The Federal Trust has produced a series of pamplets using federalism as an analytical framework to discuss the developing constitutional structure of the UK and in particular on the impact of devolution – the establishment of quasi-autonomous levels of governance outside the confines of Whitehall and Westminster – as introduced by the Labour governments of 1997-2010.

Papers and Reports

The Two Unions: Brexit and the Territorial State
by Dr Andrew Blick, February 2019

Federalism: The UK’s Future?
by Dr Andrew Blick, April 2016

Fiscal Federalism in the UK
by Dr Michael Lloyd, December 2015

The United Kingdom: Federalism or bust?
A collection of essays from the Federal Trust
June 2015

Review in the Irish Times, by Paul Gillespie

England, Devolution and sub-regional policy: a federal approach?
by David M. Smith, 18 February 2015

Federalism: What the United Kingdom Can Learn from Canada
by Zach Paikin, 11 February 2015

Northern Government: Devolution to the North of England
by Campaign for the North, 2014

Devolution in England – A New Approach

by Dr Andrew Blick
June 2014

Variety has always been a feature of the United Kingdom constitution. This variety has allowed Northern Ireland, Scotland and Wales to develop along their own paths towards decentralised self-government. However, England, the largest nation within the UK, has been left behind. Signs exist that English opinion is now turning against existing arrangements and the discrepancies involved. With these trends in mind, this paper makes the case for an English Devolution Enabling Act. It proposes a way forward that would allow localities and regions within England to take on powers previously exercised by central government, helping to close the democratic gap that has opened up with the remainder of the UK. The appendix provides a more specific idea of how the proposed English Devolution Enabling Act could work.

A Federal Future for the UK: the Options
by Dr Andrew Blick and Professor George Jones
July 2010

This report considers the options for further structural reform to the UK under the Coalition Government. In particular it considers the position of England which – apart from Greater London – has been left behind by New Labour’s devolution programme. Are ‘City Regions’ a viable alternative to nine English regions, or should England form a single entity in a federal state? And how would exisiting local government fit into such a state?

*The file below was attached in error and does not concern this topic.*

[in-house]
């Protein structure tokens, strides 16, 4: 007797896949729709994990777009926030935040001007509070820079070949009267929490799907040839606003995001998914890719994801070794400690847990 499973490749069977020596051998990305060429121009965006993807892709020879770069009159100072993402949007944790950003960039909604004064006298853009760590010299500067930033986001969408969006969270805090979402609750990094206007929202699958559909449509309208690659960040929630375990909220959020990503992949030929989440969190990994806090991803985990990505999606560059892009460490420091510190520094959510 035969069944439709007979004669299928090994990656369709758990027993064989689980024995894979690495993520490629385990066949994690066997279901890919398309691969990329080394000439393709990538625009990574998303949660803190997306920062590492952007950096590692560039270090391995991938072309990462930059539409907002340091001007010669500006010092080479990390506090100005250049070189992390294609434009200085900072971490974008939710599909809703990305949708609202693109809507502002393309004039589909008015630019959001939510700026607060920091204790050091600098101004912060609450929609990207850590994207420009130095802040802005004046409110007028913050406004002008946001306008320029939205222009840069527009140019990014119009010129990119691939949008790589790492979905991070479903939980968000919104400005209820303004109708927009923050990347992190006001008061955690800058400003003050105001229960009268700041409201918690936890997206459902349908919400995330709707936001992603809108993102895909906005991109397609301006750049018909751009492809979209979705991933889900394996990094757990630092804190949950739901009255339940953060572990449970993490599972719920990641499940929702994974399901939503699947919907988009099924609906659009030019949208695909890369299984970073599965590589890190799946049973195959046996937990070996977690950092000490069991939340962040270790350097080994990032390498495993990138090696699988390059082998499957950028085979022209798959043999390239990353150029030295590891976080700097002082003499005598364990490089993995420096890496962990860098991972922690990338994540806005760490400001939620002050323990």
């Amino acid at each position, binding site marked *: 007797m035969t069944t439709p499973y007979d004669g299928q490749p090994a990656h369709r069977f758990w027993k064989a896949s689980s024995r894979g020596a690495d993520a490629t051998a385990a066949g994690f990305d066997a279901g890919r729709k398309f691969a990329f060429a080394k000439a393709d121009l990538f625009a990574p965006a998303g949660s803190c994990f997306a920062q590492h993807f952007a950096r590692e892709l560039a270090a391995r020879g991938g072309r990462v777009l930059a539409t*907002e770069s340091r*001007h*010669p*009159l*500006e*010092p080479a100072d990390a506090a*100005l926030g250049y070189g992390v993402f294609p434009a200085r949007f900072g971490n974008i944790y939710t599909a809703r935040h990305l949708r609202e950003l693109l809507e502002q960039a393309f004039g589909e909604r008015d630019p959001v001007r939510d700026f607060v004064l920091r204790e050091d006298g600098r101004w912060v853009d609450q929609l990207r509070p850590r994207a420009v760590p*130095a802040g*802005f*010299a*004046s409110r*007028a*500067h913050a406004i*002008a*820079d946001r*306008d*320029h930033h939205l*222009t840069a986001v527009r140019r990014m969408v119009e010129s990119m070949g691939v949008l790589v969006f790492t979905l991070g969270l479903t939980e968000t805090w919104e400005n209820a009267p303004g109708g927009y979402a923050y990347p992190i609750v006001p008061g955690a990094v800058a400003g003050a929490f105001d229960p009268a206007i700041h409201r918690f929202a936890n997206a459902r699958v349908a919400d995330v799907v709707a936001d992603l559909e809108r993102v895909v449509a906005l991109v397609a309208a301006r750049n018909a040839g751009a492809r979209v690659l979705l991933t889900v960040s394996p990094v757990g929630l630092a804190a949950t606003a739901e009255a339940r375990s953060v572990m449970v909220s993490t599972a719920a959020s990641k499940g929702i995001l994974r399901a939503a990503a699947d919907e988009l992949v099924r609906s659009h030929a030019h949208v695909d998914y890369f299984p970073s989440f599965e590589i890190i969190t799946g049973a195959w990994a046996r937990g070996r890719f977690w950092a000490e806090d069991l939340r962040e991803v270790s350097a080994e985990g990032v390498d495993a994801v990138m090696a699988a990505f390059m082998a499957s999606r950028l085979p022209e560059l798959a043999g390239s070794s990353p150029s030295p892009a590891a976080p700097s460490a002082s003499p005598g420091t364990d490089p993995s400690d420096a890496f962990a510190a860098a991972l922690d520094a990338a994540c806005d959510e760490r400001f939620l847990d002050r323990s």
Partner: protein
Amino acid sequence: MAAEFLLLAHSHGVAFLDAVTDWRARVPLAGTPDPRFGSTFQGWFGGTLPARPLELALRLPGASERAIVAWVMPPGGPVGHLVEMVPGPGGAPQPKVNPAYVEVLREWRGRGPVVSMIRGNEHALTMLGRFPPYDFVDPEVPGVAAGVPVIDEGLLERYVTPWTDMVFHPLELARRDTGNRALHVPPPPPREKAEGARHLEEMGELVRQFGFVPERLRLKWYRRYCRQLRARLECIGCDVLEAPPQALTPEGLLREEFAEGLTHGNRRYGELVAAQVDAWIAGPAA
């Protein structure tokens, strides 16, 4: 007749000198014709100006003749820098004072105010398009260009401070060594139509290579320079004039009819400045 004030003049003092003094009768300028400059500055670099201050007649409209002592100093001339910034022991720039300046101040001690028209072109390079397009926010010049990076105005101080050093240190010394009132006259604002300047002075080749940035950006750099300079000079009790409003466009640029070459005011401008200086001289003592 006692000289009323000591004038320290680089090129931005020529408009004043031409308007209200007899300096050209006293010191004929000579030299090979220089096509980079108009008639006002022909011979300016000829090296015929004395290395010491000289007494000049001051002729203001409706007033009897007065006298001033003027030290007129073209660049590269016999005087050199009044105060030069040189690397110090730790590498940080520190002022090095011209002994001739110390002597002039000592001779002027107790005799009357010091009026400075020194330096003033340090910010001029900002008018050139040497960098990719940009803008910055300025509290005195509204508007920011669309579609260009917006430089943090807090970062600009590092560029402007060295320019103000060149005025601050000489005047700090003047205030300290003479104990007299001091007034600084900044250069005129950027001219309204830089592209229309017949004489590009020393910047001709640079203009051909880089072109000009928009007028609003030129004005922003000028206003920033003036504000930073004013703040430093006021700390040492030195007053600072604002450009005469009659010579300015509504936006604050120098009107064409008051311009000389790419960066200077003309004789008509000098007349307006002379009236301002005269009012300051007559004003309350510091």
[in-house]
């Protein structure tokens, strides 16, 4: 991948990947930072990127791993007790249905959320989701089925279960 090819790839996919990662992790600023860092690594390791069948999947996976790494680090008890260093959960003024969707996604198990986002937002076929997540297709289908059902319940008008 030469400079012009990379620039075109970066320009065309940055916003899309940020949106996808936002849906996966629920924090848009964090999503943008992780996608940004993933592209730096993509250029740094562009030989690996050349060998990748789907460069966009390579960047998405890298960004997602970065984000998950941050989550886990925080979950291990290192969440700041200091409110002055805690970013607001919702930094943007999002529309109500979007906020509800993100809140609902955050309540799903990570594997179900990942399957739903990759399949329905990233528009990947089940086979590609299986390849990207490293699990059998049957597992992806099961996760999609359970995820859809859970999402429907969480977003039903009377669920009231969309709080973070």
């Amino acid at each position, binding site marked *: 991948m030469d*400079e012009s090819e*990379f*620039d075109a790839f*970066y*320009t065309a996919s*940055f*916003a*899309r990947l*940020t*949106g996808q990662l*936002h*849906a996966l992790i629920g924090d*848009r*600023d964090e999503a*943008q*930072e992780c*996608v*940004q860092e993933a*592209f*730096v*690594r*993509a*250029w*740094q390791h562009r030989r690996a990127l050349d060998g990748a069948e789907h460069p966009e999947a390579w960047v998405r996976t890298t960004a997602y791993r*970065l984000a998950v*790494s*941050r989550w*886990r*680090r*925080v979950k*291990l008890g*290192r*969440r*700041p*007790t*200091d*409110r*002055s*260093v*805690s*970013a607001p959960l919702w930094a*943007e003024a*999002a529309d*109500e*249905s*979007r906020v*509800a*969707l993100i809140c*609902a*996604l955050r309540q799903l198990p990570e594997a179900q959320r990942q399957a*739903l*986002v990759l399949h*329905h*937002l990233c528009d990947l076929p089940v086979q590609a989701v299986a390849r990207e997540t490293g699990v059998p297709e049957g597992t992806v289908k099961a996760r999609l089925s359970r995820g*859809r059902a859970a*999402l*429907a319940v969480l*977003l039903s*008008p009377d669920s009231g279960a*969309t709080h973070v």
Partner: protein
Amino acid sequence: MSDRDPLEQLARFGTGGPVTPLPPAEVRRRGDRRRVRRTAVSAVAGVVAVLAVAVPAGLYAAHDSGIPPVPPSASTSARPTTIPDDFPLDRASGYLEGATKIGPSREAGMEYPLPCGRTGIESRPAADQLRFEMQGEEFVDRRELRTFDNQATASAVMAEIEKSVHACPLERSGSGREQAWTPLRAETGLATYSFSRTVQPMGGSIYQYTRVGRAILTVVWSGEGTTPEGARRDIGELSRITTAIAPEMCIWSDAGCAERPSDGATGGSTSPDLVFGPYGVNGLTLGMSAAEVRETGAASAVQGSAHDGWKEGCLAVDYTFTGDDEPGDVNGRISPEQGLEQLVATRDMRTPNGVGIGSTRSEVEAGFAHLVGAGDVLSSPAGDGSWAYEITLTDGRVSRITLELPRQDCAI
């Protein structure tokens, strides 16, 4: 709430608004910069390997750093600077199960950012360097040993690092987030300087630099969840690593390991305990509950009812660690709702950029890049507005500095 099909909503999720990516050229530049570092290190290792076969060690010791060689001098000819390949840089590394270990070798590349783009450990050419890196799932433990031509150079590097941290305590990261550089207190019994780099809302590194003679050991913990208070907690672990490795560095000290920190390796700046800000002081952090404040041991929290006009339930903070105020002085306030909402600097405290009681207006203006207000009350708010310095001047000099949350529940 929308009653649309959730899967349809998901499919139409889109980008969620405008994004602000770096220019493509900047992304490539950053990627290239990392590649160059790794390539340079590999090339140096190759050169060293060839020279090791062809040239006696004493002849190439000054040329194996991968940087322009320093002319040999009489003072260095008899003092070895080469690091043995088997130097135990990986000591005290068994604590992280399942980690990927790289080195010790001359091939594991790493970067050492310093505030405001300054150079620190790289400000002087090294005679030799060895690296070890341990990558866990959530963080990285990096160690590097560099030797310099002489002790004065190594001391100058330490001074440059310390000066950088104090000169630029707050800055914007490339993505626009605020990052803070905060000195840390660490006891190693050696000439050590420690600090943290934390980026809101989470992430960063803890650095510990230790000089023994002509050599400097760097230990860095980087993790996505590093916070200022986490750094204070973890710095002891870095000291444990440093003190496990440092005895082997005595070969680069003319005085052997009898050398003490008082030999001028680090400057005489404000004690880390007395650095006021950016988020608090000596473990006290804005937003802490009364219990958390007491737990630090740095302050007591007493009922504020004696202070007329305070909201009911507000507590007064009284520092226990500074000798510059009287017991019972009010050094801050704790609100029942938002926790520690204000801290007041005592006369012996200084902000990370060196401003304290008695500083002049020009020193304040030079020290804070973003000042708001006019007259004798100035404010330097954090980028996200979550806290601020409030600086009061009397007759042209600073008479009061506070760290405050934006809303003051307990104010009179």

Devolution and Regional administration: A federal UK in embryo?
by Dr Andrew Blick
November 2009

This report describes the arrangements for devolved governance and regional administration established in Scotland, Wales, Northern Ireland, London and the English regions since Labour took office in 1997 discussing how far these developments can be seen as signifying progress towards a federal settlement for the UK as a whole.

Response to the Consultation by the Commission on Scottish Devolution (Calman Commission): The Future of Scottish Devolution within the Union, April 2009

A Federal Scotland Within a Federal UK
by Dr Andrew Blick
February 2009

The Labour government and devolution in 2004: an end of year (or end of second term) report
By Stanley Henig
February 2005

White Paper or White Rabbit? Elected Regional Assemblies and Local Government Reorganisation
by Stanley Henig, Senior Research Fellow
January 2004

The Second Elections in Northern Ireland: Issues and Verdicts
by Stanley Henig, Senior Research Fellow
December 2003

Encouraging Democracy and Stakeholder Participation in the English Regions
A Federal Trust Report on UK Devolution
July 2003

The Second Elections in Scotland and Wales: Issues and Verdicts
by Stanley Henig, Senior Research Fellow
May 2003

Our Region, Our Choice. An Analysis of Government Policy for the English Regions
by Stanley Henig, Senior Research Fellow
December 2002